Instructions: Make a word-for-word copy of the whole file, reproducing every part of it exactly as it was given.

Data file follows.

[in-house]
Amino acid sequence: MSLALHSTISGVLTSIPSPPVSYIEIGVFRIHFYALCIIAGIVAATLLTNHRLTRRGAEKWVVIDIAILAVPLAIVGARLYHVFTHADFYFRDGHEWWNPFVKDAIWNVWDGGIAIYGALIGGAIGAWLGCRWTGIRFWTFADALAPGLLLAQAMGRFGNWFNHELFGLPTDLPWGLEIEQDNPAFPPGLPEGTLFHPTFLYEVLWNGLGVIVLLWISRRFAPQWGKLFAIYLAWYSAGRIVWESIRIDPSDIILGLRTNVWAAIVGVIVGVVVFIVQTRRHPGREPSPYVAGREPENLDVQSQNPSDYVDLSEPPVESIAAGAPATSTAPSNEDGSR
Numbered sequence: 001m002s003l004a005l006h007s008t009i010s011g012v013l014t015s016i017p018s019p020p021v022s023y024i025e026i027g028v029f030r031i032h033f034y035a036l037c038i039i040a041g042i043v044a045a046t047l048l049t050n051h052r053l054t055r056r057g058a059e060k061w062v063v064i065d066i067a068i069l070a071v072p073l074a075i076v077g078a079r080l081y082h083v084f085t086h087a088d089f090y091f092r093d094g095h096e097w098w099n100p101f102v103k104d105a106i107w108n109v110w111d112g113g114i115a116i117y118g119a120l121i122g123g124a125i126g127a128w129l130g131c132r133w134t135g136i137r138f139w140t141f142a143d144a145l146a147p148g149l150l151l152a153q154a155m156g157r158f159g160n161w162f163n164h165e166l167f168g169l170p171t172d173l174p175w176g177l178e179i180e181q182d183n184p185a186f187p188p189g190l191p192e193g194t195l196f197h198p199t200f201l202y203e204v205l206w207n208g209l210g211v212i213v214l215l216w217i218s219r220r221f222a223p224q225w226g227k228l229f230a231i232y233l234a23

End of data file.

[in-house]
Amino acid sequence: MSLALHSTISGVLTSIPSPPVSYIEIGVFRIHFYALCIIAGIVAATLLTNHRLTRRGAEKWVVIDIAILAVPLAIVGARLYHVFTHADFYFRDGHEWWNPFVKDAIWNVWDGGIAIYGALIGGAIGAWLGCRWTGIRFWTFADALAPGLLLAQAMGRFGNWFNHELFGLPTDLPWGLEIEQDNPAFPPGLPEGTLFHPTFLYEVLWNGLGVIVLLWISRRFAPQWGKLFAIYLAWYSAGRIVWESIRIDPSDIILGLRTNVWAAIVGVIVGVVVFIVQTRRHPGREPSPYVAGREPENLDVQSQNPSDYVDLSEPPVESIAAGAPATSTAPSNEDGSR
Numbered sequence: 001m002s003l004a005l006h007s008t009i010s011g012v013l014t015s016i017p018s019p020p021v022s023y024i025e026i027g028v029f030r031i032h033f034y035a036l037c038i039i040a041g042i043v044a045a046t047l048l049t050n051h052r053l054t055r056r057g058a059e060k061w062v063v064i065d066i067a068i069l070a071v072p073l074a075i076v077g078a079r080l081y082h083v084f085t086h087a088d089f090y091f092r093d094g095h096e097w098w099n100p101f102v103k104d105a106i107w108n109v110w111d112g113g114i115a116i117y118g119a120l121i122g123g124a125i126g127a128w129l130g131c132r133w134t135g136i137r138f139w140t141f142a143d144a145l146a147p148g149l150l151l152a153q154a155m156g157r158f159g160n161w162f163n164h165e166l167f168g169l170p171t172d173l174p175w176g177l178e179i180e181q182d183n184p185a186f187p188p189g190l191p192e193g194t195l196f197h198p199t200f201l202y203e204v205l206w207n208g209l210g211v212i213v214l215l216w217i218s219r220r221f222a223p224q225w226g227k228l229f230a231i232y233l234a23